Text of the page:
New York Botanical Garden rose garden

The temperature is rising, the flowers are blossoming, and New Yorkers are looking for ways to get outside and enjoy the natural beauty of spring! New York botanical gardens offer a breath of fresh air among the urban landscape. Populated by an abundance of colorful plants from across the globe and intriguing art installations, you can find these gardens all over NYC. Discover your garden!

1. The New York Botanical Garden, Bronx

New York botanical garden rose garden

The New York Botanical Garden boasts one million different types of plants that grow within the Garden’s 250-acre site, the largest in the five boroughs. There are various types of natural settings you can wander through, including the Thain Family Forest, the Perennial and Herb Gardens, Chilton Azalea Garden, and the colorful Rockefeller Rose Garden. Each year, the NYBG invites artists to engage with the plants by creating large-scale installations. In the past, the garden has featured the work by the likes of Yayoi Kusama, and this year the garden will feature a site-specific exhibition by Ebony G. Patterson. On view from May 27 through September 17, 2023, Patterson’s work is titled …things come to thrive…in the shedding…in the molting…

In addition to the gorgeous natural scenes outside, the garden also has a handful of historic structures which are impressive on their own. The Enid A. Haupt Conservatory is a centerpiece structure that was built by Lord & Burnham Company in 1902. Restoration of this glass-domed conservatory occurs roughly every twenty years to ensure it will stick around for future generations to enjoy.

2. Queens Botanical Garden

Two people at the Queens Botanical Garden

The Queens Botanical Garden as we know it today evolved from the “Gardens on Parade” exhibit showcased at the 1939-1940 New York World’s Fair. After the fair, The Queens Botanical Garden Society was formed in 1946 and local residents worked to save and expand the original exhibit. The garden was moved to its current location, at the northeast corner of Flushing Meadows-Corona Park, in 1961 and has since grown to a 39-acre oasis of blooming plant life.

You can still see two blue Atlas cedars from the 1939 fair today. The historic trees frame the iconic tree gate sculpture at the Garden’s Main Street entrance. Today, the garden boasts a variety of different sections including a fragrance walk, a children’s garden, a farm and compost center, an herb garden, a pinetum, and more!

3. Brooklyn Botanic Garden

Japanese Hill at Brooklyn Botanic Garden

Located within the Prospect Park neighborhood, the Brooklyn Botanic Garden offers fifty-two acres of beautiful natural landscapes. New Yorkers can find respite in the zen Japanese Garden, visit the rock garden, smell the flowers in the fragrance garden, and soak up the beauty of the site’s many varied landscapes. it is also one of the best places in NYC to see Cherry Blossoms!

Before being developed into the stunning gardens we see today, the land here was used as an ash dump. The first horticultural display to be planted at the site was what is today the Native Flora Garden, created in 1911. Original plans for the park were designed by Frederick Jr. and John Charles Olmsted, the sons of Frederick Olmsted, but the job was completed by Harold Caparn. Caparn also lent his landscape design services to Bronx Zoo, Columbus Park in Yonkers, John Jay Park on the Upper East Side, and other green spaces in the New York City region.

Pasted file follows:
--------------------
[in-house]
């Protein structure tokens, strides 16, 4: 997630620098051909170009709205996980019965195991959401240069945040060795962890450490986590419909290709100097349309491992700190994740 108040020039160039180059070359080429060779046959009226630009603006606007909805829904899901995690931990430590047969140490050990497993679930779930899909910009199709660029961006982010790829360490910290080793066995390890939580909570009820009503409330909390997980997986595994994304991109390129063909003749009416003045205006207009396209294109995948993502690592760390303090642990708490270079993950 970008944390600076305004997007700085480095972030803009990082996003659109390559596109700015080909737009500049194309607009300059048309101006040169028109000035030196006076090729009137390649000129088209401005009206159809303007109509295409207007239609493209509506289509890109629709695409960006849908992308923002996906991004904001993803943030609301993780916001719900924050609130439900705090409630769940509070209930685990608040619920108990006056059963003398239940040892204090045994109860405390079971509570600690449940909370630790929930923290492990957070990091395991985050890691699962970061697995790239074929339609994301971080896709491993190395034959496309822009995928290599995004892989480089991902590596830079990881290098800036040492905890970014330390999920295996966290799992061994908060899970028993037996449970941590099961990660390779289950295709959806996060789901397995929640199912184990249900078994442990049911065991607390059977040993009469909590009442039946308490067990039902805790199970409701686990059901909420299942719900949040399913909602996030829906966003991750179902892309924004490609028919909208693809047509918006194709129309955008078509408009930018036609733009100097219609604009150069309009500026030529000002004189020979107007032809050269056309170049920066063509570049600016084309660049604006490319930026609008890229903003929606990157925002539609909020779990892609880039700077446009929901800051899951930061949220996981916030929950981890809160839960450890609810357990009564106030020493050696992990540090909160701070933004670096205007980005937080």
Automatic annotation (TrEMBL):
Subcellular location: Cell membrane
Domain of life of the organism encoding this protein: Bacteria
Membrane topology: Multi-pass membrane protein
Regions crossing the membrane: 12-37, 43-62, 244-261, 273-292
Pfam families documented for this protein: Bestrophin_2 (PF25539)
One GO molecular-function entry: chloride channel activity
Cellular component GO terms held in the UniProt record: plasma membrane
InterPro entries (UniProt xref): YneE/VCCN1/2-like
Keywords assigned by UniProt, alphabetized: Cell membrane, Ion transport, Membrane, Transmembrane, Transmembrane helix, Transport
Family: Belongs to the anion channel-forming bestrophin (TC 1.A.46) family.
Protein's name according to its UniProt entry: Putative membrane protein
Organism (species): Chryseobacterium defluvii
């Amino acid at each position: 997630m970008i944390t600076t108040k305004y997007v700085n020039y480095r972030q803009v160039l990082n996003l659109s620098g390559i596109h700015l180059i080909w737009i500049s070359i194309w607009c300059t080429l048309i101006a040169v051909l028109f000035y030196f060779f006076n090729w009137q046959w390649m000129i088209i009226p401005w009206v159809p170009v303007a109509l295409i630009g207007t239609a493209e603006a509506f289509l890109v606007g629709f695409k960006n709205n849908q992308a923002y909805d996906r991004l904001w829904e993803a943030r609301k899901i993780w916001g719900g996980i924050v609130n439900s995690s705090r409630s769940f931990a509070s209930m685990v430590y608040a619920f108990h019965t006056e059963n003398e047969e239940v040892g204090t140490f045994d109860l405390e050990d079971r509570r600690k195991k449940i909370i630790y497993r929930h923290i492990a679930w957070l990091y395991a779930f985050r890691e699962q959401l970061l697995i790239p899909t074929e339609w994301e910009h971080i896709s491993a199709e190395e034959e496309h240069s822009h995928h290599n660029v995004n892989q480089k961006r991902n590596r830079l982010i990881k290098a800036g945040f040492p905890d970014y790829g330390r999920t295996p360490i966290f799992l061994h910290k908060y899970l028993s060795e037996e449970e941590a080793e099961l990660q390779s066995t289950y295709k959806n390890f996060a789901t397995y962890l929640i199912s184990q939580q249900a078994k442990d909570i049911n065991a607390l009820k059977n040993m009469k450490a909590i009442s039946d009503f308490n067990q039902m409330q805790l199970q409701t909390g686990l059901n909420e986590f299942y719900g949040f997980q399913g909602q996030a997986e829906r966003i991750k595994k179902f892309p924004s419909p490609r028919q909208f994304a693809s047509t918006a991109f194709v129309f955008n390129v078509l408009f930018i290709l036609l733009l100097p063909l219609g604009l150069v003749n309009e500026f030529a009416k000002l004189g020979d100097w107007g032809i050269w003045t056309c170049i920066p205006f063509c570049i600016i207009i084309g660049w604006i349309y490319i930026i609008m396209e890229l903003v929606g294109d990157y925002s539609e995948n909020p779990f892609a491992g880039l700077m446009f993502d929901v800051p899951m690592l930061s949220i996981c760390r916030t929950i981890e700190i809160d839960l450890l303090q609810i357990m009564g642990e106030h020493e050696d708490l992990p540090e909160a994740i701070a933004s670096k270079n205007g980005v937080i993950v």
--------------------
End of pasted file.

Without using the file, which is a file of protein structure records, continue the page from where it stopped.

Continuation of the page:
4. Snug Harbor Cultural Center and Botanical Garden, Staten Island

Snug Harbor Botanical Garden

A visit to Snug Harbor makes for a lovely day trip from Manhattan. A ride on the Staten Island Ferry will deliver you to the cultural center and garden that was originally founded in 1801 by Captain Robert Richard Randall as a home for retired seamen. Officially opened in 1833, the retirement compound remained open until the 1960s.

Snug Harbor was declared a National Historic Landmark and reopened in 1976 as a cultural institution with a botanic garden, a theater, a chapel, a farm, museums, cottages, and much more. Today, visitors can enjoy the White Garden, Rose Garden, and Healing Garden.

5. Wave Hill, Bronx

Wave Hill pond

At Wave Hill, guests are treated to a series of distinct and intimate gardens along with sweeping views of the Hudson River and the Palisades across the way. The twenty acres of natural landscapes are composed of gardens and woodland in the Riverdale neighborhood of the Bronx.

Wave Hill has been a public garden since 1965, but it was originally a 19th-century estate that attracted such famous figures as Theodore Roosevelt and Mark Twain. The estate originally belonged to William Lewis Morris, grandnephew of Lewis Morris (a signer of the Declaration of Independence), and later the dilettante New York publisher William Henry Appleton. It was the final owner, George W. Perkins, who donated the estate to the City of New York in the 1960s.

6. Narrows Botanical Garden, Brooklyn

Narrows Botanical Garden

The Narrows Botanical Garden is a unique volunteer-run garden in Bay Ridge Brooklyn. The four-and-a-half acres of gardens that run along Shore Road offer a spectacular view of the Narrows waterway. Visitors to the park can enjoy the Native Plant Sanctuary, Lily Pond, Zen Garden, the Old and Modern Rose Gardens, and the Native Meadow Flower Hillside.

The Narrows Botanical Garden hosts a series of annual events, including outdoor summer movies and an autumn Harvest Festival. Along with New York City’s big botanical gardens, there are also many smaller community gardens throughout the city that have reopened for visitors, including the Jefferson Market Garden and the Lotus Garden on the Upper West Side.

Next, check out the Secrets of the Brooklyn Botanic Garden